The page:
This book should’ve be right up my alley. It’s been on my TBR list forever & when Alexandra sent it to me this Christmas in our blogger gift exchange (thank you!!) I finally cracked it open. Unfortunately, there were three big things that irked me. First, I hate love triangles. Second, there was SO much self loathing. Damn. Everyone has demons, but geeeez. Third, and most irritating of all, the entire book was from Scarlet’s p.o.v. and she used very poor grammar to imitate English peasants. As a coping mechanism, I forced my brain to correct it while I was reading. Scarlet was a bad ass character, though, and the story itself was very quick and interesting so overall it was a decent YA Robin Hood retelling.
Should you read it? Maybe… keep in mind it’s YA and it needs to be your kind of story.

Harry Potter and the Chamber of Secrets by JK Rowling
★★★★★/5
In his second year at Hogwarts Harry can’t stay out of trouble. With a new Defense Against the Dark Arts teacher wreaking havoc on his life, Harry tries to continue his studies, catch the snitch, protect his friends, and solve the mystery of the sinister Chamber of Secrets.
Harry Potter reviews are weird because I love these stories so much. #biased CoS isn’t my favorite book in the series, but I love that you can get lost in these stories like you’re falling into an old memory stored in a diary. 😉 This book reveals a little more about the Weasley family and their way of life. And I’m obsessed with the illustrations in all these editions.  Also, if you’re familiar with the stories, some foreshadowing and “Easter eggs” appear that support future story lines. I love how Rowling weaved the books together. This was obviously a reread for me.
Should you read it? Yep, but only after The Sorcerer’s Stone.
*I shared my thoughts on this book last Thursday!

The Little Book of Hygge: The Danish Way to Live Well by Meik Wiking
★★★/5
The Hygge (hoo-ga) trend is sweeping the nation & this book dives into the titular traditions, lifestyle, and behaviors- further proving why Denmark is one of the happiest countries in the world.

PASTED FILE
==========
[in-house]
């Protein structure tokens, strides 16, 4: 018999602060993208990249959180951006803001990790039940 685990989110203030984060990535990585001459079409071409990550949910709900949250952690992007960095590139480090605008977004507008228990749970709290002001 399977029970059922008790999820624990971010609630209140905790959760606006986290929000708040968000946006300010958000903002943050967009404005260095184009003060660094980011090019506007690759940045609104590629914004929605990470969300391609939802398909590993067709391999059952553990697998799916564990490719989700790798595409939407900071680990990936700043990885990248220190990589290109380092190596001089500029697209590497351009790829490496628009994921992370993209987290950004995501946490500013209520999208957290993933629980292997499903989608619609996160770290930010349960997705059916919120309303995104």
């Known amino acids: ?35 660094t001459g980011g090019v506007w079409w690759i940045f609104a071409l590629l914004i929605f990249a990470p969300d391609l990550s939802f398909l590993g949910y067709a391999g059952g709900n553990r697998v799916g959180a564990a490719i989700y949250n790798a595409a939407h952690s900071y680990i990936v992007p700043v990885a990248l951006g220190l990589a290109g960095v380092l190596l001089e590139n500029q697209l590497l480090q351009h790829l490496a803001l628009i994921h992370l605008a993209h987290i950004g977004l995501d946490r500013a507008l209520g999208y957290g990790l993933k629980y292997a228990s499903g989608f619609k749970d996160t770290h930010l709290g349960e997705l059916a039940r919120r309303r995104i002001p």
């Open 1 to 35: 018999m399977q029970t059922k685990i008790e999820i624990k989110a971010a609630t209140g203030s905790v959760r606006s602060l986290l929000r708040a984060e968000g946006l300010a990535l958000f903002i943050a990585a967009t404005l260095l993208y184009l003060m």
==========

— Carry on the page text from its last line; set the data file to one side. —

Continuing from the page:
I am a skeptical person. While I like the idea of happiness and coziness throughout the home (as hygge represents), I took issue with the author making broad, general statements about Denmark and the Danes. I’ve never been and I don’t really have any Danish friends, but they ALL can’t possibly be candle lovers and bread bakers, right? The book was informative about hygge, but not without sounding a little… uppity? arrogant? I’m not sure… Again, I’m skeptical and cynical so I didn’t enjoy the *voice* of this author. (It wasn’t an audiobook- I’m referring to his textual tone.) You might like it- it just wasn’t for me.
Should you read it? No, not unless you’re really interested in this new millennial craze 😉

Last Christmas in Paris by Hazel Gaynor & Heather Webb
★★★★/5
Evie Elliott is stunned and excited when her brother Will & his best friend Thomas leave England to fight in WWI. Letters travel to & from France for four grueling years as the threesome and their friends and family keep in touch during those dangerous years.
Halfway through the book I decided it was three star-er… then the last 80 pages happened. The entire story was told in letters and telegrams. I haven’t read a book like that in a while. I loved all the friendships and relationships. I loved the slow romance and the build to the final year of the war. There were big gaps in letters and heartbreak and happiness- pretty much everything you’d expect in a WWI romance novel. I cried at the end, too. Big surprise. Lol
Should you read it? If you’re a fan of historical fiction, specifically wartime romance, then yes.

Erin’s Challenge has been progressing…

|5 points| Freebie: The Murder on the Links (Christie)
|10 points| Starts with the letter L: Last Christmas in Paris (Gaynor)
|10 points| Has a (mostly) red cover: Girl Waits With Gun (Stewart)
|15 points| A character’s name in the title: HP & the Chamber of Secrets (Rowling)
|20 points| From this list: Three Dark Crowns (Blake)
|20 points| “House” or “home” in the title: The House of New Beginnings (Diamond)
|25 points| Author’s first & last name begins w/ the same letter: Renegades (Meyer, M)
|30 points| Originally published in a different language: The Hangman’s Daughter (Potzsch)
|30 points| Most of the action takes place on a form of transportation: Dead Wake (Larson)
|35 points| A character suffers from a debilitating illness: Finding Audrey (Kinsella)

Up to 65 out of 200 points.

Linking up with Steph & Jana again! What’d you read this month?

Life According to Steph